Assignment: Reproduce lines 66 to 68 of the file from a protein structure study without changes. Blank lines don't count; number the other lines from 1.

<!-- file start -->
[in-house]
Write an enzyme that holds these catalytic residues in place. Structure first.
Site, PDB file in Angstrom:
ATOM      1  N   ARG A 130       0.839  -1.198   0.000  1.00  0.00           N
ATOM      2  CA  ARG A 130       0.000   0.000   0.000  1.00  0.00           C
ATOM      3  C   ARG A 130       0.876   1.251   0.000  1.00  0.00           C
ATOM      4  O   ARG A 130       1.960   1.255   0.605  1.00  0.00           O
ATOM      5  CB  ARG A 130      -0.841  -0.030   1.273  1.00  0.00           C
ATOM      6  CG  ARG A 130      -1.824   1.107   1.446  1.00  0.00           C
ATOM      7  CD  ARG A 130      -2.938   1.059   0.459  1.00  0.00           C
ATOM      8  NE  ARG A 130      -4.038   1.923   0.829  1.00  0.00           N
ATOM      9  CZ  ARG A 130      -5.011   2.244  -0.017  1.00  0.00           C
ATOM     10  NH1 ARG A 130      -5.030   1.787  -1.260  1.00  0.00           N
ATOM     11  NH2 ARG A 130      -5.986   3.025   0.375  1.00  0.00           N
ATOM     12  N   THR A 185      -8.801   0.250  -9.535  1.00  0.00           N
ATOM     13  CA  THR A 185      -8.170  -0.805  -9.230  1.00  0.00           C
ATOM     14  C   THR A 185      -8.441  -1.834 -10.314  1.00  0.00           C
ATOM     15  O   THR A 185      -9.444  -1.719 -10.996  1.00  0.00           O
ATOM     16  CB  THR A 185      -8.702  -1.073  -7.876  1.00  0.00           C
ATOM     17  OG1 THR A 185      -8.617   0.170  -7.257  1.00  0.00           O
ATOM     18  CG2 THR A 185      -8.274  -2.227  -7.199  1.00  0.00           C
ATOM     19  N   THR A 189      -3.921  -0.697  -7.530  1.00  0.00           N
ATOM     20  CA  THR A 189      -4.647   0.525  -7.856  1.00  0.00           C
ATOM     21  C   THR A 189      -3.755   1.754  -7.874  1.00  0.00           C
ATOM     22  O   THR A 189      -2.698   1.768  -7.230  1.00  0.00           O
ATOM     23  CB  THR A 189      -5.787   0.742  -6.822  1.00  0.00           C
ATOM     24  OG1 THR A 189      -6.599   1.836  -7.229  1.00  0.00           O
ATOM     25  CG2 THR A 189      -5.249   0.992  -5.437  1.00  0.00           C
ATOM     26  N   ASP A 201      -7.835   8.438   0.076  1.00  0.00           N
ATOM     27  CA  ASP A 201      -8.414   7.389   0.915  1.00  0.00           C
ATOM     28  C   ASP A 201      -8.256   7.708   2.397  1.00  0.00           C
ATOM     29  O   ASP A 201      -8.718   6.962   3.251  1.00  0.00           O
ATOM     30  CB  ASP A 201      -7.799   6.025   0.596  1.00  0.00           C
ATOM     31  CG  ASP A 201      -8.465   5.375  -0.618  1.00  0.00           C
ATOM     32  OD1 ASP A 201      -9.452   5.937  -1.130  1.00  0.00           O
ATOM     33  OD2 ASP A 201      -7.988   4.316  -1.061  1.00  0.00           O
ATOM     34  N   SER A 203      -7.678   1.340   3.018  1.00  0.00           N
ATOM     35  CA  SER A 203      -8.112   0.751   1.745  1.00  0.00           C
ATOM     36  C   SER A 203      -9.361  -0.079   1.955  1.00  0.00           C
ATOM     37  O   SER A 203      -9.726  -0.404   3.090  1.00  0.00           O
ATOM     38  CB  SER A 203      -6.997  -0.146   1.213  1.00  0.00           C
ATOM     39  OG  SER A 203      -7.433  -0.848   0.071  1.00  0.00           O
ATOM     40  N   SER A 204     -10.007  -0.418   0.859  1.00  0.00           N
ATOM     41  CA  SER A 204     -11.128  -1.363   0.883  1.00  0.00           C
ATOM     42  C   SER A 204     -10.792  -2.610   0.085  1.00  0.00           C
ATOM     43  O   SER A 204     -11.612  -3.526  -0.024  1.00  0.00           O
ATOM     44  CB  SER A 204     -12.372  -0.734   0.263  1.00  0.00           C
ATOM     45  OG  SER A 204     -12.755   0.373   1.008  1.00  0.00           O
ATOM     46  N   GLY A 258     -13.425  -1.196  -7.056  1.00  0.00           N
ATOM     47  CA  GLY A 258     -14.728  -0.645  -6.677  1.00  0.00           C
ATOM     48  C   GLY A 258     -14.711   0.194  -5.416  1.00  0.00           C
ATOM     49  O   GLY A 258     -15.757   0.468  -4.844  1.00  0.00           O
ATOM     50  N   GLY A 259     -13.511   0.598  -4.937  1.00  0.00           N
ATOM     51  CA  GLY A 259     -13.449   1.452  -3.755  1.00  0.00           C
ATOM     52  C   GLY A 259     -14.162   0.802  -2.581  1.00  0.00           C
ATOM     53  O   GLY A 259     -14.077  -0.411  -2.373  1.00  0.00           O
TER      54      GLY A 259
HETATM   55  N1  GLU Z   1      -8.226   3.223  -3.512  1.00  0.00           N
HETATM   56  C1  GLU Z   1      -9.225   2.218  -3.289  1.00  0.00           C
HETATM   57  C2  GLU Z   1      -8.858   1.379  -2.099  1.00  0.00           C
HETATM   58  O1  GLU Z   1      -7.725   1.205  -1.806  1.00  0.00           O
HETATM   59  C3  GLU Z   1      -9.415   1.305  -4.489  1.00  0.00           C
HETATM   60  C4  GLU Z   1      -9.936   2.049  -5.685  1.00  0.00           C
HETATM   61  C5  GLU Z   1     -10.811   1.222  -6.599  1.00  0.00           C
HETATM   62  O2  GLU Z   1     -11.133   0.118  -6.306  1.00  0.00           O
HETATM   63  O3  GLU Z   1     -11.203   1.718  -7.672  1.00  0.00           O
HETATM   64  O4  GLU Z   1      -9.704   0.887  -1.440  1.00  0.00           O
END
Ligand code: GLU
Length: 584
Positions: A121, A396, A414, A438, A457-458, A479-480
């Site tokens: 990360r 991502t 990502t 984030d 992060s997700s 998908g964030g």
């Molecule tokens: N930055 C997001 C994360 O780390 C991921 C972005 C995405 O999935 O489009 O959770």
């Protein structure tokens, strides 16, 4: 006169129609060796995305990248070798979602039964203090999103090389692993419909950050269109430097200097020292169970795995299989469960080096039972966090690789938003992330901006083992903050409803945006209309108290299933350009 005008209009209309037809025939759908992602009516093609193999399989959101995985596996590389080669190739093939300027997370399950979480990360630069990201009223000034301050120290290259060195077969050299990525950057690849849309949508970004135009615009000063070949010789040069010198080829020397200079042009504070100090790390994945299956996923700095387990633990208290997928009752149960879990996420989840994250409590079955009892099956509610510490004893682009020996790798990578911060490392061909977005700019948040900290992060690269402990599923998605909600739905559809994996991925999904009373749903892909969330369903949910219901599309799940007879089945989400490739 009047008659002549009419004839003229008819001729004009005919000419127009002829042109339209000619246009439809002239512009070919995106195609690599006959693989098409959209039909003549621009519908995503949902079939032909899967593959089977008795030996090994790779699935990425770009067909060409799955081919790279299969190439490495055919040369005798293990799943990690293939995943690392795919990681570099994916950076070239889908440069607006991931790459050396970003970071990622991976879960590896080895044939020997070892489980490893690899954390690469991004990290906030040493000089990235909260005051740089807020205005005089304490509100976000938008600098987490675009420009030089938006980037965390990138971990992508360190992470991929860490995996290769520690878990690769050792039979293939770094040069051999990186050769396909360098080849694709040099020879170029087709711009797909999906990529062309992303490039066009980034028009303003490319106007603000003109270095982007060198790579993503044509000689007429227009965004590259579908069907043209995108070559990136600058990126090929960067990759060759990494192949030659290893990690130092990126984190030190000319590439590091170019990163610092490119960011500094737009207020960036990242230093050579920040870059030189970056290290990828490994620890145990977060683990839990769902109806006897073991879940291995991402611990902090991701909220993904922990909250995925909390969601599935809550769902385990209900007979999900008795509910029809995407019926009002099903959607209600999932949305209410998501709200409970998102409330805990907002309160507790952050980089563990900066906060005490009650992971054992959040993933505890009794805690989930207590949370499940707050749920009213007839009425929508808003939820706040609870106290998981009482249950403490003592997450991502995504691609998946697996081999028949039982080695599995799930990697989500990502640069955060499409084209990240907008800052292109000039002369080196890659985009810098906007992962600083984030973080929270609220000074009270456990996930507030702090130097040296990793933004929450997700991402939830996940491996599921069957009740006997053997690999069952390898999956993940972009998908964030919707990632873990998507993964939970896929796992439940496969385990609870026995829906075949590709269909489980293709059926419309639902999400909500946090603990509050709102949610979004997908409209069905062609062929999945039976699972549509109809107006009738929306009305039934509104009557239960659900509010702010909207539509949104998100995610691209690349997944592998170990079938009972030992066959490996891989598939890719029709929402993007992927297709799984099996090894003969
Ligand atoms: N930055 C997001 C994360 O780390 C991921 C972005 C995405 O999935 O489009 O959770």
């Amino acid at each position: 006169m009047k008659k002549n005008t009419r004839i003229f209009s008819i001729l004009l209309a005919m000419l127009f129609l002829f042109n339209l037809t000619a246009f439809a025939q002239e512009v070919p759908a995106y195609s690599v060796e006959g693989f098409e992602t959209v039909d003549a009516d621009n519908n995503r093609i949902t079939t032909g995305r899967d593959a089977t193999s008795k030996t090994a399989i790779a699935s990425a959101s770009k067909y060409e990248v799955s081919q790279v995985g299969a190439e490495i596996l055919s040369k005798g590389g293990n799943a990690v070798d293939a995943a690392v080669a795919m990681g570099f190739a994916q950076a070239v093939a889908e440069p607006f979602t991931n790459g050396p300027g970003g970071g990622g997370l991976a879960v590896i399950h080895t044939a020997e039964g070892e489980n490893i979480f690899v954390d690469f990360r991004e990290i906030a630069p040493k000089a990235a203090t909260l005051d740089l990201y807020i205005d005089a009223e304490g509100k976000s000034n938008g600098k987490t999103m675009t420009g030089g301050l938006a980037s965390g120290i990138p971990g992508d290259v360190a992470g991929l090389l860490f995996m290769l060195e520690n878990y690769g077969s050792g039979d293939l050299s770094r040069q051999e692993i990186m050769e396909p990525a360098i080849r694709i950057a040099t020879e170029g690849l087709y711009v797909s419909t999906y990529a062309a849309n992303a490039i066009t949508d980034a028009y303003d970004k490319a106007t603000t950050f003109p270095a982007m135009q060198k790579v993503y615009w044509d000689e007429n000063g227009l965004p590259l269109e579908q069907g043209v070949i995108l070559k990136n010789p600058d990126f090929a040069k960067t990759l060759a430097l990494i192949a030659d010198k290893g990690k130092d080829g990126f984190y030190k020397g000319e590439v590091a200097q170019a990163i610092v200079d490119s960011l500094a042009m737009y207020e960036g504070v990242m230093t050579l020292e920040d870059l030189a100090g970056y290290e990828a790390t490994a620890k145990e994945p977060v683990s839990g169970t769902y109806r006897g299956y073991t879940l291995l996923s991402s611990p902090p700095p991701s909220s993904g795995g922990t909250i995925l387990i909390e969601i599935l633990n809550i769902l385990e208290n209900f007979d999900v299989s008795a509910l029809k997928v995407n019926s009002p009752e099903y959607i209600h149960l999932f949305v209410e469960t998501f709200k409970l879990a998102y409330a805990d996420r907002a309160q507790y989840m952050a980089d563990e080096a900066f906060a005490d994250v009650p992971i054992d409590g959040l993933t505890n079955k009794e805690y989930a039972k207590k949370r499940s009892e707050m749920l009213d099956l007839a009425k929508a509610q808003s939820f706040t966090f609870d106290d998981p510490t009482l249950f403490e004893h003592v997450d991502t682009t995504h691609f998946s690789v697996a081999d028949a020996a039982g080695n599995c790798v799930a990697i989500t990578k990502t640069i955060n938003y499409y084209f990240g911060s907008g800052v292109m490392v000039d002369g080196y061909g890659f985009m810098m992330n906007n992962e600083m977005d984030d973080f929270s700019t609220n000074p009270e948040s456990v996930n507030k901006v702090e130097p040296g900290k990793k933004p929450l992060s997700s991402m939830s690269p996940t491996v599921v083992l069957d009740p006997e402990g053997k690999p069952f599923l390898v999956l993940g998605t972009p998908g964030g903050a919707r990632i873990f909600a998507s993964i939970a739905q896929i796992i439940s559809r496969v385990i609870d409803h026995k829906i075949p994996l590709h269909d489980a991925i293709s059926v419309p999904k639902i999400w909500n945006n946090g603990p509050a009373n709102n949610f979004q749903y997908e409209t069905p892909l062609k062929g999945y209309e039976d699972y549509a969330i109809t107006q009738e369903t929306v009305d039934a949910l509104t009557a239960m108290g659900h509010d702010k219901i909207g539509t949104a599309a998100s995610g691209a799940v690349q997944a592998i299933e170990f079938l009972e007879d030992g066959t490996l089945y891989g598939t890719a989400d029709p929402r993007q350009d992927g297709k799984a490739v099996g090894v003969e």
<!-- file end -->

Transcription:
HETATM   63  O3  GLU Z   1     -11.203   1.718  -7.672  1.00  0.00           O
HETATM   64  O4  GLU Z   1      -9.704   0.887  -1.440  1.00  0.00           O
END